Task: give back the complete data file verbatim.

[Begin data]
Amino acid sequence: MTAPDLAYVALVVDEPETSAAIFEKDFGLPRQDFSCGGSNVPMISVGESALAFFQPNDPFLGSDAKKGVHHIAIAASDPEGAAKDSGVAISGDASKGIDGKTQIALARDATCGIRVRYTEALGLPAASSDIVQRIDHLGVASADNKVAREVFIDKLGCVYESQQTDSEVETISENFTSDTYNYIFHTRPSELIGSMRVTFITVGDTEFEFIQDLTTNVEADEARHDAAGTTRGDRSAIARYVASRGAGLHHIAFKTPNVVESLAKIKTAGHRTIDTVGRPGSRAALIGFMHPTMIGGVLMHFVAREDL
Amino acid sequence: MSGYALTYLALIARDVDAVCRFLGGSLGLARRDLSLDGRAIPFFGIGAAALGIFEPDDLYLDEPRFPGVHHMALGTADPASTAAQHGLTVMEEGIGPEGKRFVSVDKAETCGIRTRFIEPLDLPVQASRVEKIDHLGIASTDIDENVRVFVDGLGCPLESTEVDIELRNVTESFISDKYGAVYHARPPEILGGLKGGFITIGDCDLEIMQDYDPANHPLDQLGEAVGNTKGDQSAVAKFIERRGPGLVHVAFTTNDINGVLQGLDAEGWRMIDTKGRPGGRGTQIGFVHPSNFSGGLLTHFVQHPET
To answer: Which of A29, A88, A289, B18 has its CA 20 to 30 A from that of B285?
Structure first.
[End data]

Amino acid sequence: MTAPDLAYVALVVDEPETSAAIFEKDFGLPRQDFSCGGSNVPMISVGESALAFFQPNDPFLGSDAKKGVHHIAIAASDPEGAAKDSGVAISGDASKGIDGKTQIALARDATCGIRVRYTEALGLPAASSDIVQRIDHLGVASADNKVAREVFIDKLGCVYESQQTDSEVETISENFTSDTYNYIFHTRPSELIGSMRVTFITVGDTEFEFIQDLTTNVEADEARHDAAGTTRGDRSAIARYVASRGAGLHHIAFKTPNVVESLAKIKTAGHRTIDTVGRPGSRAALIGFMHPTMIGGVLMHFVAREDL
Amino acid sequence: MSGYALTYLALIARDVDAVCRFLGGSLGLARRDLSLDGRAIPFFGIGAAALGIFEPDDLYLDEPRFPGVHHMALGTADPASTAAQHGLTVMEEGIGPEGKRFVSVDKAETCGIRTRFIEPLDLPVQASRVEKIDHLGIASTDIDENVRVFVDGLGCPLESTEVDIELRNVTESFISDKYGAVYHARPPEILGGLKGGFITIGDCDLEIMQDYDPANHPLDQLGEAVGNTKGDQSAVAKFIERRGPGLVHVAFTTNDINGVLQGLDAEGWRMIDTKGRPGGRGTQIGFVHPSNFSGGLLTHFVQHPET
To answer: Which of A29, A88, A289, B18 has its CA 20 to 30 A from that of B285?
Structure first.